Rica, or bust - TechCentral

Rica, or bust

South Africans who do not have their Sim cards registered by the end of the day on Thursday will have their cellphone numbers deactivated.

Rica is the Regulation of Interception of Communications Act, which came into effect on 1 July 2009 and requires the details of all telecommunication users to be registered.

The legislation aims to assist law enforcement agencies in tracking criminals using telecommunications services for illegal activities.

Tiyani Rikhotso, spokesperson for the communications ministry, likened SA’s need to implement Rica to that of India, where telecommunications services were intercepted in order to decipher threats by terrorists to bomb locations during this year’s Cricket World Cup.

Mobile companies Cell C, MTN and Vodacom say they have registered more than 90% of their customers. An estimated 2,7m South Africans will be disconnected from their cellphone networks on Friday.

Telkom has reportedly said that all 8ta customers had complied with Rica requirements.

Engineering News reported on Wednesday that mobile operators had spent more than R500m on the Rica process, to ensure that subscribers were registered before Friday’s deadline.

Karin Fourie, public and media relations manager at Cell C, said it was too soon to determine the possible financial impact of the cut-off. However, “there will be many last minute registrations. Customers who missed the deadline will want to be reconnected … and many customers might use this opportunity to join our network,” she said.

Rikhotso said cellphone companies and the government had embarked on extensive campaigns to try to reach as many South Africans as possible, with Rica stations at cellphone and other retail stores, spaza shops and in taxi ranks.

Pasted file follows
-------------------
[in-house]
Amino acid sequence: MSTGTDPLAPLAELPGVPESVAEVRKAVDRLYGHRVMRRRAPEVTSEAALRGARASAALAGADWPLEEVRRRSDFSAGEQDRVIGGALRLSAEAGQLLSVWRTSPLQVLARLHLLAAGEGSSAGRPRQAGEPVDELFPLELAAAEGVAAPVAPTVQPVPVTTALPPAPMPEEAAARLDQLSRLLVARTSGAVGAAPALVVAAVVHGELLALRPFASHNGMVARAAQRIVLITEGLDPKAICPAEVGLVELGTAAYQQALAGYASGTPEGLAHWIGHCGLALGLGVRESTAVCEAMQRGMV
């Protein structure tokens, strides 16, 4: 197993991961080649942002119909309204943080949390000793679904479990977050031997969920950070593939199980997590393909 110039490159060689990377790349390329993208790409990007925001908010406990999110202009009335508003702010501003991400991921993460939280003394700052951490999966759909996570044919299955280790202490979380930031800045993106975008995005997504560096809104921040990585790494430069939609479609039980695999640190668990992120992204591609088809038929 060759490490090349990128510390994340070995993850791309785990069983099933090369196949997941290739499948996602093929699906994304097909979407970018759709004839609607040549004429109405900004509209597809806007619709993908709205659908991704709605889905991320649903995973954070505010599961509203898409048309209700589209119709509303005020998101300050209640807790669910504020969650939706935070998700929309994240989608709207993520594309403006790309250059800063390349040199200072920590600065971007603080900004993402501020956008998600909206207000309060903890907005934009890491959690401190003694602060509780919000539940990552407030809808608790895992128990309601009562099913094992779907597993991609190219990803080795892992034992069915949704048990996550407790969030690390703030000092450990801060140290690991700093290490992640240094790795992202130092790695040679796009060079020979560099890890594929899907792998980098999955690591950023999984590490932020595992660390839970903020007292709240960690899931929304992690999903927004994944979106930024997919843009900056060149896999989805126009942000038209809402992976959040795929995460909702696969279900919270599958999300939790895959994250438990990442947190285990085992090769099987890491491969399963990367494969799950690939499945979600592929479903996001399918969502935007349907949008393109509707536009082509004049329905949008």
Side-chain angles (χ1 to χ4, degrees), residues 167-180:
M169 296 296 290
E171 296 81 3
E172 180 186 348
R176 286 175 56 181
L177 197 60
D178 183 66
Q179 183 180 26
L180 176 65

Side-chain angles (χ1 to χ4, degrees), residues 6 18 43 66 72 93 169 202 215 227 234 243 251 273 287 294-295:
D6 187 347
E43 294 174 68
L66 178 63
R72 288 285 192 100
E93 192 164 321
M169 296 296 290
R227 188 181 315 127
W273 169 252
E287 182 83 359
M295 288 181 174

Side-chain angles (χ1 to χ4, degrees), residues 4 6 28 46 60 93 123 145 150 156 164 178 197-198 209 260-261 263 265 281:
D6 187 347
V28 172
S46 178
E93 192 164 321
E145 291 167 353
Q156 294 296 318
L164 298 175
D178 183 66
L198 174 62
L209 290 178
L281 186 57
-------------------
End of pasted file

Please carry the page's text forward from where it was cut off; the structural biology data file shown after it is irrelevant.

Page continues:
It costs nothing to register a Sim card to comply with Rica, but registrants are required produce an identity document and proof of residence.

Customers who do not have a permanent residence are expected to provide a written letter from their landlord. Registrants in rural areas may also present a letter from a school, church or shop near to where they live or receive post. An affidavit with a police station stamp will also be accepted.

Eddie Moyce, a customer service executive at MTN, said that the database in which the Rica information is stored is secure and can only be accessed through a subpoena, thus ensuring customers’ privacy.

Those who miss the deadline will have six months to reactivate their numbers, which will take up to 24 hours after registering through the Rica process.

However, failure to register within six months could result in customers losing their cellphone numbers permanently.  — Ayanda Sitole, Mail & Guardian

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